I made my way to the airport waiting room, where people were gathering for the US Air return flight to Pittsburgh. I noticed some of them reading that day’s Burlington Free Press article, “Chuck Berry Does It His Way,” which was based on an earlier Burlington concert I’d produced, where Berry blew off rehearsal, arrived at the last minute, and traveled under an assumed name, making it impossible to track him through airlines, rental cars, or hotels. I’d convinced the newspaper to run the story, since ticket sales were slow. But now, just hours before showtime, the phone was running off the hook.
At 6:10, Chuck Berry’s airline announced a half-hour delay. This was bad news. Berry was scheduled to take the stage at 8:30 p.m. in Lyndonville. If he arrived at 7 p.m., I could maybe get there by 8:45 — fifteen minutes late. Hmmm.
The plane didn’t arrive till 7:10. I was very nervous that we wouldn’t make it to the concert in time. People disembarked from the plane, but there was no sign of Berry. Playwright David Mamet, who lives part-time in Cabot, walked off. I asked him if he’d seen Chuck Berry on the plane. “Nope,” he replied.
I waited. A few more stragglers came off the plane; then the stewardesses. Then a co-pilot. My heart sank.
Then Chuck Berry strolled off — like he had all the time in the world. My furrowed brow gave me away. He walked straight up to me. “So, where’s my $2500 in cash?” he said loud enough for everyone to hear.
I said I had it. He then opened his briefcase right there in the middle of the passenger lounge. “Let’s count it to make sure,” he said.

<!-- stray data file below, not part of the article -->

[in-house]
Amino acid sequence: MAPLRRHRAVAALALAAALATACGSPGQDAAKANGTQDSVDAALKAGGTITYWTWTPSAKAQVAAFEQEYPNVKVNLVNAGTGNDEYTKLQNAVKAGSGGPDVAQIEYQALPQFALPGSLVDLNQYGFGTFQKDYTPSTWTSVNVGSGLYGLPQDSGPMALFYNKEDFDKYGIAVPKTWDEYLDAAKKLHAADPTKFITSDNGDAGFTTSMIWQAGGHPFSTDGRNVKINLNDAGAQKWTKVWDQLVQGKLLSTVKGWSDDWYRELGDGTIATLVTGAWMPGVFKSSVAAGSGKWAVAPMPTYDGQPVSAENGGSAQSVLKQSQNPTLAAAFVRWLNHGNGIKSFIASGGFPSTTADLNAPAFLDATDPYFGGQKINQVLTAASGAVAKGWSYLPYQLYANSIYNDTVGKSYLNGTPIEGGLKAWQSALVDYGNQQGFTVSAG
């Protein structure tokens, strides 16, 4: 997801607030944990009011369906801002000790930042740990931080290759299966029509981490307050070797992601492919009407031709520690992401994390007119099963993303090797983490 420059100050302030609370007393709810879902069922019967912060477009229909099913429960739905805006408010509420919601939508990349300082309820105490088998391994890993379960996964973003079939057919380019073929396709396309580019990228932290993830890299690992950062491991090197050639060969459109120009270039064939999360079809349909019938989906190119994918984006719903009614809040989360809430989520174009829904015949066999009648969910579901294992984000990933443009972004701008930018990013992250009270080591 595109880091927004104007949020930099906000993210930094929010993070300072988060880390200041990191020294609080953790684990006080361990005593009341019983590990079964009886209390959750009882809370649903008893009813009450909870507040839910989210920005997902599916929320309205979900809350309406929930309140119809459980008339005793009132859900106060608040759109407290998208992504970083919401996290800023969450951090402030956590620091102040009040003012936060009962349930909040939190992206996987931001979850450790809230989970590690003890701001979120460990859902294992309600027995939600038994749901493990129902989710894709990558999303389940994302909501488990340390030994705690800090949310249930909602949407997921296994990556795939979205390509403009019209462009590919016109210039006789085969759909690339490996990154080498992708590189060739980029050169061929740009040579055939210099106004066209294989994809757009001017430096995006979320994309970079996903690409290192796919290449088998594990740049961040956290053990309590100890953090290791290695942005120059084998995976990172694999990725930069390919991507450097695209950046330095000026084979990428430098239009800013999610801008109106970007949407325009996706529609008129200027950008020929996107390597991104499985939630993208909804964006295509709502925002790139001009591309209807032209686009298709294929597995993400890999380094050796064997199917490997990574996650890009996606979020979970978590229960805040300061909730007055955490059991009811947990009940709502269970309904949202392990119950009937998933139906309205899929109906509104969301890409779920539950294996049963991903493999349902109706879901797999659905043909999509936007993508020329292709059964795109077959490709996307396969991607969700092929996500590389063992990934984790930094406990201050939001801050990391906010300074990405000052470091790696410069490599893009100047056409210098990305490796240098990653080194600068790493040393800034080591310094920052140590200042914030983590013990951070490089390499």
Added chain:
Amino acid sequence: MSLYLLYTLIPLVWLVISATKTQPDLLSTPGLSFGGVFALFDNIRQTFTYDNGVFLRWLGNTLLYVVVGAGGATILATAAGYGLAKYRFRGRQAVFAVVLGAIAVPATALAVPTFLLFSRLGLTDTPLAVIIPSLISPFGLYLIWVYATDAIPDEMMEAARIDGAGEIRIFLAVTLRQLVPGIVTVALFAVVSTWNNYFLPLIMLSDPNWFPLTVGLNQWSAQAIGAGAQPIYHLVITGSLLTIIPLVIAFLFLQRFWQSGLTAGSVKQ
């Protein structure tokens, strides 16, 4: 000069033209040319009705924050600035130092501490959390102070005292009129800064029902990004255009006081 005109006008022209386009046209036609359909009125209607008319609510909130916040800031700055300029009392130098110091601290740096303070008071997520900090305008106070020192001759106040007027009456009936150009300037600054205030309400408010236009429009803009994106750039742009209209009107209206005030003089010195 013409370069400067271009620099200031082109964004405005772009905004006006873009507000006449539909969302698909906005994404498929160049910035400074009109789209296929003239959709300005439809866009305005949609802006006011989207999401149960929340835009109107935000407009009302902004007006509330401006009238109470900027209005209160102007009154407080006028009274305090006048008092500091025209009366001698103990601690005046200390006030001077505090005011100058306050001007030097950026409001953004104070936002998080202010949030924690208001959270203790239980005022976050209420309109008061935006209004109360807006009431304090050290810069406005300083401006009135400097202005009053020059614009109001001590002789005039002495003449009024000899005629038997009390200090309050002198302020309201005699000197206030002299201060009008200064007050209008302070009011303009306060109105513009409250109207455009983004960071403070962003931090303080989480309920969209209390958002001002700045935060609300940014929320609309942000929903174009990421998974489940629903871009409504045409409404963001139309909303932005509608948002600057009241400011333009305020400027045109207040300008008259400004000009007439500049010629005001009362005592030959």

Dozens of people watched me count out a fistful of twenties and fifties. Some looked at the Free Press article and stared at the rock icon standing ten feet from them. Berry counted the cash and whipped out the contract he’d failed to send back. He signed it and said, “We’ve got a deal. Where’s the car?”
The rented Lincoln Town Car was gassed and ready to go. Berry took the keys and pulled out a pack of Kools. I don’t smoke, but he offered me one. “OK,” I said. I coughed from the harsh menthol. “Can’t take it?” Berry asked.
“Follow me,” I said. “We’ve got a two hour drive.”
“We’ll make good time. Don’t worry,” he said.
I led Berry onto I-89 south and accelerated to 65 mph, careful to observe the speed limit. Almost immediately, Berry honked his horn, flashed his lights, and pulled up alongside my old Saab. “Let’s go!” he said. “What’s wrong?”
I accelerated to seventy, but Berry wanted me to go faster. He cruised up fast behind me. Honk! I accelerated to about 75 mph. I squinted for any sign of state troopers.
Berry still wasn’t happy. He pulled up hard, bumping my car. I pushed the gas, but Berry made another run at me. I was soon traveling 90 mph, pursued by Chuck Berry. He passed me and gave a long hoot. I was sure we’d both get pulled over and thrown into jail. There would be no concert.
TO BE COMPLETED NEXT WEEK...............
Jay Craven directs Kingdom County Productions, where he makes films and produces the Kingdom County Presents performing arts series. He will be presenting performances by the spectacular dance/illusion troupe Momix (Sat. Oct. 13—Lyndon Institute) and comedienne Paula Poundstone at the Haskell Opera House (7:30pm, Friday, November 2.) Tickets and information at the Catamount Arts Regional Box Office (748-2600 or CatamountArts.org).